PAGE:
Muslim leader warns of breakdown in trust

MCB cheif says Friday's anti-terror raid could threaten community relations
MCB cheif says Friday's anti-terror raid could threaten community relations

Trust could break down between police and the Muslim population if the reasons for Friday's anti-terror raid in London are not made clear, a community leader has warned.

Muhammad Abdul Bari, the new head of the Muslim Council of Britain (MCB), said the police must explain why the dawn raid in Forest Gate, in which one man was shot, was necessary.

His comments came after Scotland Yard assistant commissioner Andy Hayman insisted the police had "no choice" but to act, after receiving "specific intelligence".

Police have yet to find any evidence of planning for a terrorist operation, and Dr Abdul is not the only person questioning why such a major operation, which involved about 200 officers, was necessary.


"The message is the confusion, it's the frustration and to some extent anger," the new MCB chief said during a visit to Forest Gate last night.

"People want to know what exactly happened and about the intelligence - is it genuine information, is it flawed? These are the questions police have to answer as soon as possible."

He warned: "Trust could be an issue. Trust could break down if things are not clarified. Angry people can do anything, angry people can even feel that they should take the law into their own hands so anger has to be directed into positive action."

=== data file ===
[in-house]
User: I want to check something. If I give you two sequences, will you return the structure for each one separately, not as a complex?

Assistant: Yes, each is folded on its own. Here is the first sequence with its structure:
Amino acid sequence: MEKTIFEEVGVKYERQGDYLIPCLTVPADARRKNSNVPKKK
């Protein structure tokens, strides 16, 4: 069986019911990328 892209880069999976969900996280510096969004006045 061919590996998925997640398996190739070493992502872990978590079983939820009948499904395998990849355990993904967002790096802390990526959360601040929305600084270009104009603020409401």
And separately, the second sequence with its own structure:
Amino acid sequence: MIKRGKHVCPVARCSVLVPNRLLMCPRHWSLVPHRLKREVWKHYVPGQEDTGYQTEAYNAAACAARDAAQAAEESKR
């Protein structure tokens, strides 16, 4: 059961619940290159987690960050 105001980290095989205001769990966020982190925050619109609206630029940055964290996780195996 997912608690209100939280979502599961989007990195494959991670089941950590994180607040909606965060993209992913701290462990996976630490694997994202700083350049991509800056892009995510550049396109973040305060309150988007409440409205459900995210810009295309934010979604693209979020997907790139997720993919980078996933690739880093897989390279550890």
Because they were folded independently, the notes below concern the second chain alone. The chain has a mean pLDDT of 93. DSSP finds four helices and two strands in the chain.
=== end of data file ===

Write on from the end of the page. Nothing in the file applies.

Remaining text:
Briefing reporters on the situation yesterday, Mr Hayman said that despite police intelligence, there was as yet no sign of any kind of chemical device. But he insisted that even the risk of such a device existing would have justified Friday's raid.

"Having got the specific intelligence and made the decision, there was no choice but to act upon it," he said. "You have to put public safety as the overriding priority."

He added: "If you chose not to do that - and heaven forbid it was the wrong decision and there was some device - you would never be able to live with yourself."

Mohammad Abdul Kahar, 23, was shot once during the raid, was subsequently arrested in hospital and has since been transferred to Paddington Green police station. His brother, 20-year-old Abul Koyair, has also been arrested. Both deny being involved in terrorism.

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